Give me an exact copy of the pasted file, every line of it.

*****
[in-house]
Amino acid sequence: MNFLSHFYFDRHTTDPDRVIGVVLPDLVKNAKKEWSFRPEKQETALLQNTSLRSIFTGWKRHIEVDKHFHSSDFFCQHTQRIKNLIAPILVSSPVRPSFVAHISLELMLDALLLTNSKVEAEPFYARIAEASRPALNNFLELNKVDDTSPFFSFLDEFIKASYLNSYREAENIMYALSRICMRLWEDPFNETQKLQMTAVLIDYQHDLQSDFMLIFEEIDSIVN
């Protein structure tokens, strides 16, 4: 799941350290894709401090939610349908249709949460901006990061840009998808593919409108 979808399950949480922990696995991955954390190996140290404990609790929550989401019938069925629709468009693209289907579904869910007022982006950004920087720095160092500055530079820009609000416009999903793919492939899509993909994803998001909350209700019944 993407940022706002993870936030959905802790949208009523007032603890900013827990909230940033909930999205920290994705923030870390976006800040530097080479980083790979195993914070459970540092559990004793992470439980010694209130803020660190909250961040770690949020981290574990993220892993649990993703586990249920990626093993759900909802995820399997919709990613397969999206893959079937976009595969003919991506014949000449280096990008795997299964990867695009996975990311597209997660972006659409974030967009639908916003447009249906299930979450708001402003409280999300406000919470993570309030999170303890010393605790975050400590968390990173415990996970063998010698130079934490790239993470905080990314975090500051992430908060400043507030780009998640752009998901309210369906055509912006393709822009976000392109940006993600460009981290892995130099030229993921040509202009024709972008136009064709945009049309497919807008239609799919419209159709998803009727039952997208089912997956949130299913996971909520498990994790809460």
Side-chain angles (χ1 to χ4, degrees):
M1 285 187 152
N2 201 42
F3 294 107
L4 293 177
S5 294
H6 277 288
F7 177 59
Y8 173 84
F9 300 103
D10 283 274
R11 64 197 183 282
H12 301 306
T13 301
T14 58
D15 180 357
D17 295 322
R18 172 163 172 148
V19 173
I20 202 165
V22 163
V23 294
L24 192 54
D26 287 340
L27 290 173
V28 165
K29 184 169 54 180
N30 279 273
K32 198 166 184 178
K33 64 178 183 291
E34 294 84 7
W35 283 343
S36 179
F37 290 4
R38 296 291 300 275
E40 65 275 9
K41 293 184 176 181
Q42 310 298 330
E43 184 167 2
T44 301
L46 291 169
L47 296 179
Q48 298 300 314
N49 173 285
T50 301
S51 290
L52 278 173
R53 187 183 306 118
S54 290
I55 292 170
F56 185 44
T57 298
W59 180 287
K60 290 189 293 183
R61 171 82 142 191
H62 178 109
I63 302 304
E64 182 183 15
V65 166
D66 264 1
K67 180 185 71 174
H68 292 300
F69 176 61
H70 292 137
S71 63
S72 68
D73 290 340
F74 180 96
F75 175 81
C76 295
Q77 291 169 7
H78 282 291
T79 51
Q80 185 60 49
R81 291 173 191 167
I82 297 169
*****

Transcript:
[in-house]
Amino acid sequence: MNFLSHFYFDRHTTDPDRVIGVVLPDLVKNAKKEWSFRPEKQETALLQNTSLRSIFTGWKRHIEVDKHFHSSDFFCQHTQRIKNLIAPILVSSPVRPSFVAHISLELMLDALLLTNSKVEAEPFYARIAEASRPALNNFLELNKVDDTSPFFSFLDEFIKASYLNSYREAENIMYALSRICMRLWEDPFNETQKLQMTAVLIDYQHDLQSDFMLIFEEIDSIVN
């Protein structure tokens, strides 16, 4: 799941350290894709401090939610349908249709949460901006990061840009998808593919409108 979808399950949480922990696995991955954390190996140290404990609790929550989401019938069925629709468009693209289907579904869910007022982006950004920087720095160092500055530079820009609000416009999903793919492939899509993909994803998001909350209700019944 993407940022706002993870936030959905802790949208009523007032603890900013827990909230940033909930999205920290994705923030870390976006800040530097080479980083790979195993914070459970540092559990004793992470439980010694209130803020660190909250961040770690949020981290574990993220892993649990993703586990249920990626093993759900909802995820399997919709990613397969999206893959079937976009595969003919991506014949000449280096990008795997299964990867695009996975990311597209997660972006659409974030967009639908916003447009249906299930979450708001402003409280999300406000919470993570309030999170303890010393605790975050400590968390990173415990996970063998010698130079934490790239993470905080990314975090500051992430908060400043507030780009998640752009998901309210369906055509912006393709822009976000392109940006993600460009981290892995130099030229993921040509202009024709972008136009064709945009049309497919807008239609799919419209159709998803009727039952997208089912997956949130299913996971909520498990994790809460």
Side-chain angles (χ1 to χ4, degrees):
M1 285 187 152
N2 201 42
F3 294 107
L4 293 177
S5 294
H6 277 288
F7 177 59
Y8 173 84
F9 300 103
D10 283 274
R11 64 197 183 282
H12 301 306
T13 301
T14 58
D15 180 357
D17 295 322
R18 172 163 172 148
V19 173
I20 202 165
V22 163
V23 294
L24 192 54
D26 287 340
L27 290 173
V28 165
K29 184 169 54 180
N30 279 273
K32 198 166 184 178
K33 64 178 183 291
E34 294 84 7
W35 283 343
S36 179
F37 290 4
R38 296 291 300 275
E40 65 275 9
K41 293 184 176 181
Q42 310 298 330
E43 184 167 2
T44 301
L46 291 169
L47 296 179
Q48 298 300 314
N49 173 285
T50 301
S51 290
L52 278 173
R53 187 183 306 118
S54 290
I55 292 170
F56 185 44
T57 298
W59 180 287
K60 290 189 293 183
R61 171 82 142 191
H62 178 109
I63 302 304
E64 182 183 15
V65 166
D66 264 1
K67 180 185 71 174
H68 292 300
F69 176 61
H70 292 137
S71 63
S72 68
D73 290 340
F74 180 96
F75 175 81
C76 295
Q77 291 169 7
H78 282 291
T79 51
Q80 185 60 49
R81 291 173 191 167
I82 297 169